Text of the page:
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Urban seismic risk

Urban seismic risk is special subset of the general term seismic risk. It involves the specific problems of cities when they are subjected to earthquakes. Many problems can be solved with good earthquake construction.

Toronto Old and New

Although the city of Toronto, Ontario, Canada is used as an example because of the author's familiarity, this could apply to almost any city in North America.

Cities are a wonderful mixture of old and new construction as in this picture. Note the old brick building mixed in with the new highrises, and the famous Toronto CN Tower. Similar to methodologies used in nuclear reactors, a seismic walkdown of the city is the best way to identify vulnerabilities and possible places for improvement.

Toronto is located on the shores of Lake Ontario, the site of much microseismicity. [1] (http://www.gp.uwo.ca/) Historic records indicate that there is a strong possibility for a rare, strong earthquake, as with many cities in the world.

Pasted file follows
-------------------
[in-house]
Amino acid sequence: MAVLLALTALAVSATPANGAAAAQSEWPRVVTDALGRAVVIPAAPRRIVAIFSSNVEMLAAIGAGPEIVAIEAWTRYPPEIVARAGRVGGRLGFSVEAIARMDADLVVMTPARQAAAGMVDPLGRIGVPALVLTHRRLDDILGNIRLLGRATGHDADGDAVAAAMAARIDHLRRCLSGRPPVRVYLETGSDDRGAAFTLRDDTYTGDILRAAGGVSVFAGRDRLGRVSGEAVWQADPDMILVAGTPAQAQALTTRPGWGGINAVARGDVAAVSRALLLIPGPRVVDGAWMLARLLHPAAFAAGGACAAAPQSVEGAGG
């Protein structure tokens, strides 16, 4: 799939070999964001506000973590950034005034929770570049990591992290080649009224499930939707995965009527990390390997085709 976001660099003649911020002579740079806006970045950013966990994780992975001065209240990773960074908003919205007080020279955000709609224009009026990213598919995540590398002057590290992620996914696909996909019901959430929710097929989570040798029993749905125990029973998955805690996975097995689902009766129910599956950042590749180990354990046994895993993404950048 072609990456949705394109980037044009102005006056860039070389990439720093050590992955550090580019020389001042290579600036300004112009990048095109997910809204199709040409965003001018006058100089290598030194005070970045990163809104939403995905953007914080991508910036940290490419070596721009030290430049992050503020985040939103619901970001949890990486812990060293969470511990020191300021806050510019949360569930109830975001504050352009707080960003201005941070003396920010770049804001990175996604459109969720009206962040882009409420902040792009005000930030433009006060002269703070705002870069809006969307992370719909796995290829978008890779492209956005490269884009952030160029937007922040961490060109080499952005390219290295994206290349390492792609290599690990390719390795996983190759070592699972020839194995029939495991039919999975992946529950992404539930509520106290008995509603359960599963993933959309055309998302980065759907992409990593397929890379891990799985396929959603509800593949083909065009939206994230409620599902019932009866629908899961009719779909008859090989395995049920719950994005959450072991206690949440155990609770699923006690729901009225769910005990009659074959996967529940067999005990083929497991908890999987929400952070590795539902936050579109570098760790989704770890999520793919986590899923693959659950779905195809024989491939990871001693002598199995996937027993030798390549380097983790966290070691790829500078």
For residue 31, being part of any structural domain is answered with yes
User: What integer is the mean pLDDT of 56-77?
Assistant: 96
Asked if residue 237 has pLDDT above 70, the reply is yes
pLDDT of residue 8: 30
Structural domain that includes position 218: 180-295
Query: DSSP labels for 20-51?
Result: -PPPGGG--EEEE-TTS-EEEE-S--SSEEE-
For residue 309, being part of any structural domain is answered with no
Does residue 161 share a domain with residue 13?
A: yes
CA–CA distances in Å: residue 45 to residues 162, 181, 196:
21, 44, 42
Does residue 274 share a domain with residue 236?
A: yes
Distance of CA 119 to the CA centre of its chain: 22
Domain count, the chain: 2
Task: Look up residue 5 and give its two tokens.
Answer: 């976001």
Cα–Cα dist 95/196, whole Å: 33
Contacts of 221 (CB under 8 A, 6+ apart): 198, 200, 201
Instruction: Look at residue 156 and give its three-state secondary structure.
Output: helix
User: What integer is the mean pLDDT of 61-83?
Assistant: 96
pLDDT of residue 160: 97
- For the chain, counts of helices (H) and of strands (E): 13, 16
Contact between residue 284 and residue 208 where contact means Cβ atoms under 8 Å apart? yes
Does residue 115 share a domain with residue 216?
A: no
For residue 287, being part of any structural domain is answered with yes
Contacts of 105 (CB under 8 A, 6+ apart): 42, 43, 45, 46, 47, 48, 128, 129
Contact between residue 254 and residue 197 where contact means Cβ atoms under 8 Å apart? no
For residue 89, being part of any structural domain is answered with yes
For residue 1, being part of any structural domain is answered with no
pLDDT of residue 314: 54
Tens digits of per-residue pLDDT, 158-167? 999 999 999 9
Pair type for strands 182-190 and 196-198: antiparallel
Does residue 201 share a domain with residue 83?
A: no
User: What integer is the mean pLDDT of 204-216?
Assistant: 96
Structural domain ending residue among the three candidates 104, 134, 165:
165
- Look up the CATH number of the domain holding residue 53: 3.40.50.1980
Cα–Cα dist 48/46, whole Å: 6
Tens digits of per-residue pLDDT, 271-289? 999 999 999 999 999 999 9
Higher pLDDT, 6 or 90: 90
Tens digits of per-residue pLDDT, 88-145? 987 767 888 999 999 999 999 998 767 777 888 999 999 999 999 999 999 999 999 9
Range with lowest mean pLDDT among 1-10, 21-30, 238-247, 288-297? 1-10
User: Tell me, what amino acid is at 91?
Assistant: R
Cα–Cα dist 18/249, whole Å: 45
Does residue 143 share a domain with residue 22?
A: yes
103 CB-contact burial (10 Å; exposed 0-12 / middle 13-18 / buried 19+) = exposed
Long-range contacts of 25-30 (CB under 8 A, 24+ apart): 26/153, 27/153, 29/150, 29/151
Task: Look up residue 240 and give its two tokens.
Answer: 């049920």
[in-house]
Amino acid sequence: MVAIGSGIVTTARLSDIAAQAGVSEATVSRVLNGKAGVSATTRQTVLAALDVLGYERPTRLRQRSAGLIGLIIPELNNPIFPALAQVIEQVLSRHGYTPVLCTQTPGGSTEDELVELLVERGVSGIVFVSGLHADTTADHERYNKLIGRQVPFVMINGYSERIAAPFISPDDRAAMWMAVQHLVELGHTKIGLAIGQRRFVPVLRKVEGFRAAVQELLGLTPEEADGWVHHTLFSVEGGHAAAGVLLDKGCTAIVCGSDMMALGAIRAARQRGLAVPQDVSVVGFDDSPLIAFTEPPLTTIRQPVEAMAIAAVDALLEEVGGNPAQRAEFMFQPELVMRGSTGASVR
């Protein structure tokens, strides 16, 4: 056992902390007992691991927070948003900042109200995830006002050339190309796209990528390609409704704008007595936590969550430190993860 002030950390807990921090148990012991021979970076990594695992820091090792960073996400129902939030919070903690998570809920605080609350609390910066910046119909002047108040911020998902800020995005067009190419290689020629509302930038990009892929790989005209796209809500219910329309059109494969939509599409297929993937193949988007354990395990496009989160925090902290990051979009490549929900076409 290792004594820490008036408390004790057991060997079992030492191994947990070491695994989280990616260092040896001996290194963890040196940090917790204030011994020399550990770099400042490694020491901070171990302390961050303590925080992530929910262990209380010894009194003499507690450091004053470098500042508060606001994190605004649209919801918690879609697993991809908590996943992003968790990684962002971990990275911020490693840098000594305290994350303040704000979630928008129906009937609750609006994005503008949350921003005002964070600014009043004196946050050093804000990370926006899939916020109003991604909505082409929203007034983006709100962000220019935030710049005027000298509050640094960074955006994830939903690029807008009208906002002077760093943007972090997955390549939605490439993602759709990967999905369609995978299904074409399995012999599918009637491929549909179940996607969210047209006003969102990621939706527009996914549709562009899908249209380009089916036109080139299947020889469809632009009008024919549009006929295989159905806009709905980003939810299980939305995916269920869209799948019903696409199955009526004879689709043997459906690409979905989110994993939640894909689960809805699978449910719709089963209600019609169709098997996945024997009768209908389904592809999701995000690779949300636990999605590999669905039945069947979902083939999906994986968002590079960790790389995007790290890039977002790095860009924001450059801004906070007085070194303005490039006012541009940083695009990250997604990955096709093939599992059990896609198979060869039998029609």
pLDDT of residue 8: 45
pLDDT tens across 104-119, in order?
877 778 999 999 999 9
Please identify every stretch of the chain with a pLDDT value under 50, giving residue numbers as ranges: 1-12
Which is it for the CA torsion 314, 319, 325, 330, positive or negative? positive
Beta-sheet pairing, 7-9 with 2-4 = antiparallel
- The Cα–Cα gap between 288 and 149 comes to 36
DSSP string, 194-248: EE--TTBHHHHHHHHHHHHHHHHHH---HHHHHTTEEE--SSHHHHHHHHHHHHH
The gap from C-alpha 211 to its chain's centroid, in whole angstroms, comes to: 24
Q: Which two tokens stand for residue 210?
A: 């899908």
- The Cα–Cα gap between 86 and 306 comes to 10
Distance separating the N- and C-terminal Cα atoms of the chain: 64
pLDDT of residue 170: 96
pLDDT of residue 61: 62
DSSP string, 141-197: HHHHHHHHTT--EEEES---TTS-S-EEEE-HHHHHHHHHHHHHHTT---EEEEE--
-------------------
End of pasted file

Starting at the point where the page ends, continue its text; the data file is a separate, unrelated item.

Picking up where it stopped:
Luckily for us, most new construction complies with strict building codes, and buildings designed for loads that go beyond seismic. For example, Toronto's highrises are, for the most part, firmly situated on bedrock (for settlement reasons), and are designed for hurricane wind loads. They are not expected to have any problems structurally during an earthquake, although people may feel quite queasy from the sway.

Toronto elevated expressway

Unfortunately, there are many places where the seismic risk (for damage) is quite high. Old brick buildings on poor soils are highly vulnerable to earthquake damage. Some brick chimneys in Toronto have absolutely no mortar, and you can see through them. This picture shows an elevated expressway on filled land. Although there may not be total collapse, there will be sufficient damage to incapacitate the structure. Problems increase if there is the possibility for soil or earthquake liquefaction.

Finally, there is the problem with interiors. Many items such as suspended ceilings and light fixtures have almost no seismic ruggedness. We have all shopped in warehouse stores where heavy merchandise is stacked in narrow racks up to the ceiling.

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